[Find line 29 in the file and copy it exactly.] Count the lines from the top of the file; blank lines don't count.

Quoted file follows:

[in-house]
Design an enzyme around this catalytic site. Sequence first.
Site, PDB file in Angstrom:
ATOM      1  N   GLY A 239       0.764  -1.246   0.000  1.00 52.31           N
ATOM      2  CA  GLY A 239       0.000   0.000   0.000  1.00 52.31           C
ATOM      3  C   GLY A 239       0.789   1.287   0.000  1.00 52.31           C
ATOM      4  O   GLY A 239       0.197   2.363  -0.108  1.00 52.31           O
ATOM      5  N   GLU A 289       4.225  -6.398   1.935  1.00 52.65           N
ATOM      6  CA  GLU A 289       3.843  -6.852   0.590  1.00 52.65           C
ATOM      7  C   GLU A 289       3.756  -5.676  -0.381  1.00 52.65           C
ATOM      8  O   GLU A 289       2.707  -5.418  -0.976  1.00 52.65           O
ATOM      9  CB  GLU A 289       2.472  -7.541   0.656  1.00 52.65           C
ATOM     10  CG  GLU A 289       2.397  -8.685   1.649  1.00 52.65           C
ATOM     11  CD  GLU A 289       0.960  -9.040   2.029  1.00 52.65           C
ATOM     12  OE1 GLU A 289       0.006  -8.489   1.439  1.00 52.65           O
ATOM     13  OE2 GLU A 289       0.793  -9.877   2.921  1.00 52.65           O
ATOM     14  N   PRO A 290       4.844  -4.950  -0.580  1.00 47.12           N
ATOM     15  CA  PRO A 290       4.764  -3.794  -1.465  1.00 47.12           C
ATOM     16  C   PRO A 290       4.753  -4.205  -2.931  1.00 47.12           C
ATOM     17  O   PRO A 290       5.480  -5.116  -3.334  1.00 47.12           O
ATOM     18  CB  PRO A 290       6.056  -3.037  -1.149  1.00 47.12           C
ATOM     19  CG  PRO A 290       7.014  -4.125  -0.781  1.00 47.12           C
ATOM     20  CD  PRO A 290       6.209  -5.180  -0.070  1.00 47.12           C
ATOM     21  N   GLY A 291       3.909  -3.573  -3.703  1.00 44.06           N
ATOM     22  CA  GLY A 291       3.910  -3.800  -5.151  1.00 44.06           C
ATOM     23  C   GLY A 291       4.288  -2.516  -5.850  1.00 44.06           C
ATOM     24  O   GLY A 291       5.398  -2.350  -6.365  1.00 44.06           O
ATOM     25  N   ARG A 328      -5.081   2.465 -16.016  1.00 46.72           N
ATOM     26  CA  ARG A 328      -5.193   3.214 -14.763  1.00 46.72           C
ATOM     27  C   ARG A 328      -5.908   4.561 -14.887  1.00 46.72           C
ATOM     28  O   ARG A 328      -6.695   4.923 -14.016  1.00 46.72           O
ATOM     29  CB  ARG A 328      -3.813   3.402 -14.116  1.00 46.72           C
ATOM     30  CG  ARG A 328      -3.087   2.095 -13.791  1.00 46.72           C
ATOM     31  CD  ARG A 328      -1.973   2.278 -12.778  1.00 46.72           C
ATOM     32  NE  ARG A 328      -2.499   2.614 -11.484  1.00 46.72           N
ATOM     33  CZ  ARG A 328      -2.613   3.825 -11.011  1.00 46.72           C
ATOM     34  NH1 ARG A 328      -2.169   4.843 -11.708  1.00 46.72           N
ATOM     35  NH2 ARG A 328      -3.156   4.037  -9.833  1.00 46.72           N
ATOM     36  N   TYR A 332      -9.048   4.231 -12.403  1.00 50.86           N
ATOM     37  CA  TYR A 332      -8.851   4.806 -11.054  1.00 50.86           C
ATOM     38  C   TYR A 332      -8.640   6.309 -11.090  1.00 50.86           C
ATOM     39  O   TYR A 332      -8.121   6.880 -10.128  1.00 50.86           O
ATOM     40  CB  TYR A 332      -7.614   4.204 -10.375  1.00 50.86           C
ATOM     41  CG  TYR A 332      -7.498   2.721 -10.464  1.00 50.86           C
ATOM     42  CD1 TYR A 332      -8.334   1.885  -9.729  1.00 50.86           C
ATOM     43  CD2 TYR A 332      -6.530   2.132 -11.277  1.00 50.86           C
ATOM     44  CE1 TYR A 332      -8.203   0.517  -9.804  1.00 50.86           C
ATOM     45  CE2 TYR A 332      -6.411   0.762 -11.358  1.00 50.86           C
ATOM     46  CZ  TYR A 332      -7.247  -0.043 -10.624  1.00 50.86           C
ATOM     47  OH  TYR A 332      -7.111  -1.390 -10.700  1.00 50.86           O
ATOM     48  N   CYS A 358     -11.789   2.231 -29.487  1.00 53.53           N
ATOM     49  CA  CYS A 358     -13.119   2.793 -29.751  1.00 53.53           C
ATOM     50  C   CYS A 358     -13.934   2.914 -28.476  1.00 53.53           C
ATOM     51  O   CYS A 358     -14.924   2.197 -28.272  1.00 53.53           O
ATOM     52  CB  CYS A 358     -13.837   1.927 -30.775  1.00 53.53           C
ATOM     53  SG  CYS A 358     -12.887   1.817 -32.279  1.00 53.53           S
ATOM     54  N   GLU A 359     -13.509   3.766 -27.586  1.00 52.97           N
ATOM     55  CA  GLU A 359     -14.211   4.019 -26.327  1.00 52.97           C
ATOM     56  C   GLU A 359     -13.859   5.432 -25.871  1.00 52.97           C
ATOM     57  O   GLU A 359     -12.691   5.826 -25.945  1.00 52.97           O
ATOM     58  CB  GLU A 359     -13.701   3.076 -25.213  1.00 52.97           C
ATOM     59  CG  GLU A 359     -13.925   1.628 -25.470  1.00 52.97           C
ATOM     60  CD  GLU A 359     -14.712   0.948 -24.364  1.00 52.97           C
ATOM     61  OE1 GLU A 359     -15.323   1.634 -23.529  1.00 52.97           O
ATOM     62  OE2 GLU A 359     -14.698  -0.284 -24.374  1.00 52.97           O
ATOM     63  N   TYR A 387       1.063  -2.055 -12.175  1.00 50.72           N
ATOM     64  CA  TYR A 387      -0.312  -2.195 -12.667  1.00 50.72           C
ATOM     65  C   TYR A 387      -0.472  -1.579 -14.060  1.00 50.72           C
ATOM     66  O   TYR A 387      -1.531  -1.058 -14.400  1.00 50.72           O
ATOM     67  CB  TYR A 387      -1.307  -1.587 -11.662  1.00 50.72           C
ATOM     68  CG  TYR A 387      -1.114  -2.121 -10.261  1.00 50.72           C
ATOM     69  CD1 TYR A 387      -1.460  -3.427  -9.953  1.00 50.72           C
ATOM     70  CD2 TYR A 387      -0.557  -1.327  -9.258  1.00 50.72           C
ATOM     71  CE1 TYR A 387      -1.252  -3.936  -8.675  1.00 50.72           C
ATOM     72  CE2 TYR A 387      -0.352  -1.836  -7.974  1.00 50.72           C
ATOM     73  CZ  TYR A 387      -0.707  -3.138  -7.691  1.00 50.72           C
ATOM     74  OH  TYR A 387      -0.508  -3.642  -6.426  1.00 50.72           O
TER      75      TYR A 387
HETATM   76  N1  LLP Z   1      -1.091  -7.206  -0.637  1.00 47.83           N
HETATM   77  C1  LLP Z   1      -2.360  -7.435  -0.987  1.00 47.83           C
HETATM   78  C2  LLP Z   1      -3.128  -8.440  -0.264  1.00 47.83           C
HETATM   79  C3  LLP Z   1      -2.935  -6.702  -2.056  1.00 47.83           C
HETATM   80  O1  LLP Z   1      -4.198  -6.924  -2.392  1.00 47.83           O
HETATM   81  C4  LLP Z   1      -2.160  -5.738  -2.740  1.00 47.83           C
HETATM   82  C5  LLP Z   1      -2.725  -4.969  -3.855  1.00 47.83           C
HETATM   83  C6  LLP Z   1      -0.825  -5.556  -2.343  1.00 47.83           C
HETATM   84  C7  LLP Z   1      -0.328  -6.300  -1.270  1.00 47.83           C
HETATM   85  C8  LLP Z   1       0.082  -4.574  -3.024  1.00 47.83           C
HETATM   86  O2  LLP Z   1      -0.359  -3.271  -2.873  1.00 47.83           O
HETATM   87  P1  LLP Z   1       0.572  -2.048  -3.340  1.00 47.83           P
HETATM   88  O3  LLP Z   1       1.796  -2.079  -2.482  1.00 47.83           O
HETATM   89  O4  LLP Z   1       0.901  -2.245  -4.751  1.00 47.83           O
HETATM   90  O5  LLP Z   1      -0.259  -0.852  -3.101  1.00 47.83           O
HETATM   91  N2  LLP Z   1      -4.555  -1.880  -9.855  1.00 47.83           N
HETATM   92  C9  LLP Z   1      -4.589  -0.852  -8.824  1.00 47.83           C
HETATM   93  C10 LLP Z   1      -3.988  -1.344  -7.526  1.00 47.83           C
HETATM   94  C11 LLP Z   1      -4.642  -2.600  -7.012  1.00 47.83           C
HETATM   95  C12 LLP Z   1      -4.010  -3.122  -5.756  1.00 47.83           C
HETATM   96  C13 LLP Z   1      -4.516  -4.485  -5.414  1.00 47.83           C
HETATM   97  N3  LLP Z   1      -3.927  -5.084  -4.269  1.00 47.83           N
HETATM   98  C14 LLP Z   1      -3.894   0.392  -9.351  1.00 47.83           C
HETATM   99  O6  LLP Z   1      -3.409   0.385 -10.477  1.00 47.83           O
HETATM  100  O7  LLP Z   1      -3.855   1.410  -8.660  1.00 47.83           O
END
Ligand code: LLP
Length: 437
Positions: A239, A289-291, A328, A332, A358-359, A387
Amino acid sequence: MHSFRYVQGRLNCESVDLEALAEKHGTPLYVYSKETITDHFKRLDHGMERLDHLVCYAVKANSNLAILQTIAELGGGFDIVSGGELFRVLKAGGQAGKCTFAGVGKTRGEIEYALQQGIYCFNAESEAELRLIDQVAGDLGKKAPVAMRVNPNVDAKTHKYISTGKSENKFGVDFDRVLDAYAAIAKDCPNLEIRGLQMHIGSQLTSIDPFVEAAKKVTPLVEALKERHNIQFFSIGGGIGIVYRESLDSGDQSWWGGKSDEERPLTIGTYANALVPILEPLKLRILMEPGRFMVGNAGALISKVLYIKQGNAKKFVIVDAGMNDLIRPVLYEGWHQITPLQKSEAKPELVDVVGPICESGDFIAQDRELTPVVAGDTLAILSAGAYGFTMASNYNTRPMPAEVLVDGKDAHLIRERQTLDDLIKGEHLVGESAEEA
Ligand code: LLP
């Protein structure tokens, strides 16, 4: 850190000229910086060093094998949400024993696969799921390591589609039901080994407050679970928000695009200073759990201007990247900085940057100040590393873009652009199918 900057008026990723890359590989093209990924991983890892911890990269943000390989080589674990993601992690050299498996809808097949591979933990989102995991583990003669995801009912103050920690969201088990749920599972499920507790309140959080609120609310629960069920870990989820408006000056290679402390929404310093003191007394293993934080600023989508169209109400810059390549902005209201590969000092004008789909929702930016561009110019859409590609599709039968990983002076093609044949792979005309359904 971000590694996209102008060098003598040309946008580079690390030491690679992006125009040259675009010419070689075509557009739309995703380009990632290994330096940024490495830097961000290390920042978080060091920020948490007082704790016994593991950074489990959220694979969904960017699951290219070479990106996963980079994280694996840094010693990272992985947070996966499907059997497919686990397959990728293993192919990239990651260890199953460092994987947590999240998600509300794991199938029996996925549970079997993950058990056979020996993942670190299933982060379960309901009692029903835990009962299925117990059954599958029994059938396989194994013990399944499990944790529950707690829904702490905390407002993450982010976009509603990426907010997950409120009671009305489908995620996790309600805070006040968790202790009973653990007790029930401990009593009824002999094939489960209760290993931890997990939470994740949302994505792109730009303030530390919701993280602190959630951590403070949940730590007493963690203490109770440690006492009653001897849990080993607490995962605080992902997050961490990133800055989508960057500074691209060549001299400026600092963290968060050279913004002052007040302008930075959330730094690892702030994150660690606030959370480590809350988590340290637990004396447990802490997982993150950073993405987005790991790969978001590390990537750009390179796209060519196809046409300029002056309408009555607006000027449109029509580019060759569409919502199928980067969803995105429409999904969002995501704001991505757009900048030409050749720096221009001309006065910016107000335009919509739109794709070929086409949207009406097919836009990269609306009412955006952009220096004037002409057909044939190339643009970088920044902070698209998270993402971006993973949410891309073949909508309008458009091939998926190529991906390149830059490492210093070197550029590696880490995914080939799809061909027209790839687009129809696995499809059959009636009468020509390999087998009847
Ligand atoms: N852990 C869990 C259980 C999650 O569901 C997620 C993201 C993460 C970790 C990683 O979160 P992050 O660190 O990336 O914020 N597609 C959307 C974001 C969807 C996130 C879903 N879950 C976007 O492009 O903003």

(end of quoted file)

ATOM     26  CA  ARG A 328      -5.193   3.214 -14.763  1.00 46.72           C